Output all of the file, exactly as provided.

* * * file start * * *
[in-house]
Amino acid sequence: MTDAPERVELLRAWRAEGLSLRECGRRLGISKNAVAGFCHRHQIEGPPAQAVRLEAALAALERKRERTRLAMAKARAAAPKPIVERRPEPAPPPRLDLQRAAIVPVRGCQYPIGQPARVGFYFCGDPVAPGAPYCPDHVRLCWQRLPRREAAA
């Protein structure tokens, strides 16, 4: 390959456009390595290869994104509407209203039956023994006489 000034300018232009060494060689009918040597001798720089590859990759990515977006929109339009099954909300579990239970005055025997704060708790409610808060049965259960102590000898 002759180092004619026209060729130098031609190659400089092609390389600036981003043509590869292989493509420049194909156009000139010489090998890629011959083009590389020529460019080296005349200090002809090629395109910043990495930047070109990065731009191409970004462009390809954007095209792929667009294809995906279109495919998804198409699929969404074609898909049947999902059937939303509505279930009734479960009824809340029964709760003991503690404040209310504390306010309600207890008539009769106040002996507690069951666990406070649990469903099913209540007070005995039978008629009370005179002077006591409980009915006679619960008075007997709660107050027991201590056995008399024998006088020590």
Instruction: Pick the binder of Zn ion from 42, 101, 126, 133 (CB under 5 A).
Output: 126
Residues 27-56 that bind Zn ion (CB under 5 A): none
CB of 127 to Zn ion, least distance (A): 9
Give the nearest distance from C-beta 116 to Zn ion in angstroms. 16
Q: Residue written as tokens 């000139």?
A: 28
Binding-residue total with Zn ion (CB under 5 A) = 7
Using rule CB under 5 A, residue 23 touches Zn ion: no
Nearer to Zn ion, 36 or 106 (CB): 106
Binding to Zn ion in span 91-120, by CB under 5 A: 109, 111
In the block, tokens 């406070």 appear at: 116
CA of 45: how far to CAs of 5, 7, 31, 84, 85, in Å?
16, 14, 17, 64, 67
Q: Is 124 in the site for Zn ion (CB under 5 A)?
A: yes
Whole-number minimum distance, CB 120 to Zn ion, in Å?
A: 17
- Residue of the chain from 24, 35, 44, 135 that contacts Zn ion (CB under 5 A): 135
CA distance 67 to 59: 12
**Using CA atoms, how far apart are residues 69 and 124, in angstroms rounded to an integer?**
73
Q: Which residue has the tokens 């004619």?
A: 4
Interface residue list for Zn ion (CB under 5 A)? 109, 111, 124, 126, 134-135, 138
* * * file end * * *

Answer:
[in-house]
Amino acid sequence: MTDAPERVELLRAWRAEGLSLRECGRRLGISKNAVAGFCHRHQIEGPPAQAVRLEAALAALERKRERTRLAMAKARAAAPKPIVERRPEPAPPPRLDLQRAAIVPVRGCQYPIGQPARVGFYFCGDPVAPGAPYCPDHVRLCWQRLPRREAAA
């Protein structure tokens, strides 16, 4: 390959456009390595290869994104509407209203039956023994006489 000034300018232009060494060689009918040597001798720089590859990759990515977006929109339009099954909300579990239970005055025997704060708790409610808060049965259960102590000898 002759180092004619026209060729130098031609190659400089092609390389600036981003043509590869292989493509420049194909156009000139010489090998890629011959083009590389020529460019080296005349200090002809090629395109910043990495930047070109990065731009191409970004462009390809954007095209792929667009294809995906279109495919998804198409699929969404074609898909049947999902059937939303509505279930009734479960009824809340029964709760003991503690404040209310504390306010309600207890008539009769106040002996507690069951666990406070649990469903099913209540007070005995039978008629009370005179002077006591409980009915006679619960008075007997709660107050027991201590056995008399024998006088020590």
Instruction: Pick the binder of Zn ion from 42, 101, 126, 133 (CB under 5 A).
Output: 126
Residues 27-56 that bind Zn ion (CB under 5 A): none
CB of 127 to Zn ion, least distance (A): 9
Give the nearest distance from C-beta 116 to Zn ion in angstroms. 16
Q: Residue written as tokens 């000139």?
A: 28
Binding-residue total with Zn ion (CB under 5 A) = 7
Using rule CB under 5 A, residue 23 touches Zn ion: no
Nearer to Zn ion, 36 or 106 (CB): 106
Binding to Zn ion in span 91-120, by CB under 5 A: 109, 111
In the block, tokens 């406070």 appear at: 116
CA of 45: how far to CAs of 5, 7, 31, 84, 85, in Å?
16, 14, 17, 64, 67
Q: Is 124 in the site for Zn ion (CB under 5 A)?
A: yes
Whole-number minimum distance, CB 120 to Zn ion, in Å?
A: 17
- Residue of the chain from 24, 35, 44, 135 that contacts Zn ion (CB under 5 A): 135
CA distance 67 to 59: 12
**Using CA atoms, how far apart are residues 69 and 124, in angstroms rounded to an integer?**
73
Q: Which residue has the tokens 């004619």?
A: 4
Interface residue list for Zn ion (CB under 5 A)? 109, 111, 124, 126, 134-135, 138